So here's how we did with the 2012 running goals:
1. Run every day. This is a goal I set most every year as I strive to be consistent in my running. I had an excellent string going until the calf injury hit in September. Having lost 11 days of running to the dreaded calf heart attack, this goal was not completed.
2. 2500 miles. Here's what I wrote about this one..... "After nearly 2800 in 2011, you could say I'm backing off or wimping out (that's okay, you really CAN say it). Actually, I'm simply trying to be a little more relaxed. PLUS all I need to do is get to 100,000 total career miles by the Mayan Calendar deadline and we'll see after that (need 2195 miles for that)." Mission accomplished. 2762 total and the 100,000th mile run far before the Mayan miscalculation.
3. Races. Simple: 3 marathons (would love it if one is New York but that's a crap shoot and a VERY EXPENSIVE crap shoot at that), 1 Half Ironman, a 50K+ and 10 other assorted runs of varying length (time to hit the 5K - Half Mar circuit). I raced thrice in 2012. A 4K, a ten miler and the uncompleted Savannah Marathon. In the first two, I placed in my age group.
4. More weight loss. I said: "ended up with 26 net loss last year. Need that much again to be lean and mean." I suppose this one could be called accomplished as I have a net weight loss of 6 pounds for the year. The hope was to go much lower, but that is a daily struggle which continues in 2013.
5. Strength and Core work. The goal is 120 days of S & C. Ha! Not even close.
So, it didn't go quite as well as I might have liked. Luckily, I don't get paid to accomplish running goals. The mileage does make me somewhat happy as the 2762 is my eleventh highest total in my 47 years of logging runs (not bad for an old man). And of course, completing the journey to 100,000 miles was very cool.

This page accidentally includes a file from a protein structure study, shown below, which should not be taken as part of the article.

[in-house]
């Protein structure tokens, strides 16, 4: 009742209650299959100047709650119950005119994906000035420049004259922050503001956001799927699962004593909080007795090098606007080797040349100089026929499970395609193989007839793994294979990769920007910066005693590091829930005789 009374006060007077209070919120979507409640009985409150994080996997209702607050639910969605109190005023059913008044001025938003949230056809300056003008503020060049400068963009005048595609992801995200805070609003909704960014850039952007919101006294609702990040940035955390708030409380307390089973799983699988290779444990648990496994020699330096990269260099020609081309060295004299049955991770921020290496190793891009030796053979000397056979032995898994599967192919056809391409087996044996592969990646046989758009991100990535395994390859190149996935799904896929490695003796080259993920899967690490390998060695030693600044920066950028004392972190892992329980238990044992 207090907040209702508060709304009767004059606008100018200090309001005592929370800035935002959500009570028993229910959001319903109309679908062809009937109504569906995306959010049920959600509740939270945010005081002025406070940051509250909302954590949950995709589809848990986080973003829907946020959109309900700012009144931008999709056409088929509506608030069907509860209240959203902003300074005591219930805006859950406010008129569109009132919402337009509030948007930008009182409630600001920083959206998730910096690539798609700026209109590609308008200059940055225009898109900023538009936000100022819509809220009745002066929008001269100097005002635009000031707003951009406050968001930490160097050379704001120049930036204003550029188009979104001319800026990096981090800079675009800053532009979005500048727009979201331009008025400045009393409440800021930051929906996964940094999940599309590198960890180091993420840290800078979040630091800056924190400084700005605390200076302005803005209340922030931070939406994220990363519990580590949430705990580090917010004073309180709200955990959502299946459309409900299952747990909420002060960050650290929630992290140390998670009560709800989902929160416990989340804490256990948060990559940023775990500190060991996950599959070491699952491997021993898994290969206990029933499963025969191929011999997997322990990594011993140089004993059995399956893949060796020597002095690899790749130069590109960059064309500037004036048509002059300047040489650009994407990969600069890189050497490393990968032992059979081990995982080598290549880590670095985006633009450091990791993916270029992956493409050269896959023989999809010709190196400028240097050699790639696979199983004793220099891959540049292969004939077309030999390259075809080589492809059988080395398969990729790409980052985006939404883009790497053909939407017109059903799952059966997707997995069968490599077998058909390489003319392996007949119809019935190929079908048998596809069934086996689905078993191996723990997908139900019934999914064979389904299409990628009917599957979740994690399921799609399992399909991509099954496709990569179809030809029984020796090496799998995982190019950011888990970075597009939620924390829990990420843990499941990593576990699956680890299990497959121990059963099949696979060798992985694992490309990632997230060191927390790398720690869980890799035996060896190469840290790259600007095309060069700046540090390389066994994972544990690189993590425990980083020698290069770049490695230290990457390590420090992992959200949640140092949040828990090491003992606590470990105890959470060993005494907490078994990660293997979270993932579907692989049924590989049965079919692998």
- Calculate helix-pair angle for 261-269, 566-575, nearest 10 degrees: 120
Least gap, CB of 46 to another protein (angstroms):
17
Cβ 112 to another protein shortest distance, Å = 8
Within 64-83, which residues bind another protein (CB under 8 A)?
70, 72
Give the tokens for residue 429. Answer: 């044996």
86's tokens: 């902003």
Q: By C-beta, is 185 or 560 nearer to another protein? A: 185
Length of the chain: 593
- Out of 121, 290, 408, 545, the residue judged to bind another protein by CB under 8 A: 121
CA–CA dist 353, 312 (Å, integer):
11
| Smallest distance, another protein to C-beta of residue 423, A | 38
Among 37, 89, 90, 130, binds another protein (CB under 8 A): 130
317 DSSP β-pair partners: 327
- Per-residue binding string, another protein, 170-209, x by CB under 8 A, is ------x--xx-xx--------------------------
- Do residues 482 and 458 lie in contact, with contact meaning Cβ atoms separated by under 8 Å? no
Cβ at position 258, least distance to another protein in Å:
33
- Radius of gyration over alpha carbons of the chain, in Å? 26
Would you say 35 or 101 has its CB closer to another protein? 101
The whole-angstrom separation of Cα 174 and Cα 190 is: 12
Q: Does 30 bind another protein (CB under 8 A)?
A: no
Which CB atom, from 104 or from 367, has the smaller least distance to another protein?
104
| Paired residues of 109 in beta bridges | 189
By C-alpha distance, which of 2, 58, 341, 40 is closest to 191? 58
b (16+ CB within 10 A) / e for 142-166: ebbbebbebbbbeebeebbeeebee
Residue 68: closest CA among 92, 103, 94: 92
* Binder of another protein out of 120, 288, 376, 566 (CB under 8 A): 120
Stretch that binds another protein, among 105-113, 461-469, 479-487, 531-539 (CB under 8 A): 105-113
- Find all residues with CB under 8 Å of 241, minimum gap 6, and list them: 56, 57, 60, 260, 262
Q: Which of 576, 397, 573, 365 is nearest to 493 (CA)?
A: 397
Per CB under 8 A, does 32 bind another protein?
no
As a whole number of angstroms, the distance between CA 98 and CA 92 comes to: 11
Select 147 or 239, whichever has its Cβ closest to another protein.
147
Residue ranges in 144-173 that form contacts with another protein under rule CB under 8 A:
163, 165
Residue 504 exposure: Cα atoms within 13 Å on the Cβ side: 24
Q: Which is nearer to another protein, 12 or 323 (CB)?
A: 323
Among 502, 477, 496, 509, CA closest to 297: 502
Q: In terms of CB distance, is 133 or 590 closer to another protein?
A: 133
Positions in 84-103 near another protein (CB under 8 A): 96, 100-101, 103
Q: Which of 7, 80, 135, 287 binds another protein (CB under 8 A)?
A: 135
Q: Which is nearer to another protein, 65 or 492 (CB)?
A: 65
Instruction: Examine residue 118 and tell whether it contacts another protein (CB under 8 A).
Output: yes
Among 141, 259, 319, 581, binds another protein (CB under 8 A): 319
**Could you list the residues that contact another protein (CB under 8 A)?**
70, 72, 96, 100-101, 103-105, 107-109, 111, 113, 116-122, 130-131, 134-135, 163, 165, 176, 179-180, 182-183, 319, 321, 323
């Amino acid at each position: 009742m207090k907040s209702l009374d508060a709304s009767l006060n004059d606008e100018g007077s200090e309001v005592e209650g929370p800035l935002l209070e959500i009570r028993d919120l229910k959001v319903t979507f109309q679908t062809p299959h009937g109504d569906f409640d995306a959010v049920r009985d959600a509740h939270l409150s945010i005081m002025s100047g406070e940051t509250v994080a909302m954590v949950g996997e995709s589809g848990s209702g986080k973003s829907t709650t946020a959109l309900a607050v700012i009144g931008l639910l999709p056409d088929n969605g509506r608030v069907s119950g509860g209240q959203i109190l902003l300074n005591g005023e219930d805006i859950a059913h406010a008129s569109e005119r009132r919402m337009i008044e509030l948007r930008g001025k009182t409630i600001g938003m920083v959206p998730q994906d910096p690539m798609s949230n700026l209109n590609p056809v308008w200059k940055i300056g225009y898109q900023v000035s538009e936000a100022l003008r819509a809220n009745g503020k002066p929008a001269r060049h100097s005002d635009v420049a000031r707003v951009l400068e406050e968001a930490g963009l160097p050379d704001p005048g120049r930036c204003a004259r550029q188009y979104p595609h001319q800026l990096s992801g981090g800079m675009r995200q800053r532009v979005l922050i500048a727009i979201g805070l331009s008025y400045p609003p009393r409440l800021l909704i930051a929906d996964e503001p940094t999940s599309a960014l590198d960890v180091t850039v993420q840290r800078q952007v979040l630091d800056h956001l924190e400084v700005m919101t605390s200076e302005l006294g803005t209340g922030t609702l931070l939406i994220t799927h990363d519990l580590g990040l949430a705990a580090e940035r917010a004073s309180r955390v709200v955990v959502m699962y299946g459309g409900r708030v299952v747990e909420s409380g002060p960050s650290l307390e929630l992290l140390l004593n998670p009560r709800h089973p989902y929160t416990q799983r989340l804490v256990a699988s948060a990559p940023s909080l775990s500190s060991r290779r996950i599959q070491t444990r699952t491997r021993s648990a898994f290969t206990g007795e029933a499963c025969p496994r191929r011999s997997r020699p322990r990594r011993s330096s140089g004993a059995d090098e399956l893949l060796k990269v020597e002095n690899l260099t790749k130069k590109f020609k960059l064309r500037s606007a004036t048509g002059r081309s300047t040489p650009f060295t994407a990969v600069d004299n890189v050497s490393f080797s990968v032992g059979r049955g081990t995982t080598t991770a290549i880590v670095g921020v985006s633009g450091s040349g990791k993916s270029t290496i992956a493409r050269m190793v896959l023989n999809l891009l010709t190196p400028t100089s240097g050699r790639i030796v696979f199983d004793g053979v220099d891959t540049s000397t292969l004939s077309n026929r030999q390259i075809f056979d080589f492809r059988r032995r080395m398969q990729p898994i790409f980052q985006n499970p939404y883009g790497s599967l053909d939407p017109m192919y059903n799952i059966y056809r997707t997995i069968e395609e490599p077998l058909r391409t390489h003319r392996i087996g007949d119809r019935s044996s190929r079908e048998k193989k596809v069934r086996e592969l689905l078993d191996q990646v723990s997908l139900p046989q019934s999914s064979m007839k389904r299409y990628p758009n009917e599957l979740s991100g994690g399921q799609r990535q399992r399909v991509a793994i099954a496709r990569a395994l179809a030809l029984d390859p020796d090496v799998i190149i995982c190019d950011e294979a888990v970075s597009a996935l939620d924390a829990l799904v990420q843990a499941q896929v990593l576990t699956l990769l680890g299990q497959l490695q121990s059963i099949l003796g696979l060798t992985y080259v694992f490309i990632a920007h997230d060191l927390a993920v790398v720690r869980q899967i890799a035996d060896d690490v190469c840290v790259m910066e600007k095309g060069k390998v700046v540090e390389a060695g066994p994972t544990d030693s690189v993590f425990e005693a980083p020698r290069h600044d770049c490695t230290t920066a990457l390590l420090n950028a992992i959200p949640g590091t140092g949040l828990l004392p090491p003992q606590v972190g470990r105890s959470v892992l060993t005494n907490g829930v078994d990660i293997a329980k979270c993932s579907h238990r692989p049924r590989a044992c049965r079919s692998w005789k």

2012: Book CLOSED. On to 2013......
1. Run every day. I'm not as hung up on this one as usual, but I throw it in as it is the initial goal every year.
2. Run 2700 miles. This goal, too, has some flexibility. I'd actually like to approach 3000, but don't want to get overly hung up on it. I would have been fairly close to that this year, as I figure I lost at least 200 miles during the calf issues, maybe more.
3. Race. Again, three marathons, an ultra (probably 50K) and a host of other events. Let's put a number on it....... okay, 12 other events. I still have half an inclination toward a half Ironman, but I know how little time there is to add swimming and cycling to the program. New York? Boston? No, not on the radar this time.
4. Weight. Okay, last time we were WAY too vague, so here goes: 170 at the end of the year.
5. Strength and Core. Same goal as last year, 120 days.
6. Broaden my horizons. I want to improve as an athlete this year and I'm still unsure as to what that might mean. In my mind, I see yoga, maybe Tae Kwon Do, who knows? But the key here is to increase strength, flexibility and coordination. Very tired of being the tight runner guy.
7. Have fun! As is always the goal, I will continue to lead my life as an exercise in FUN!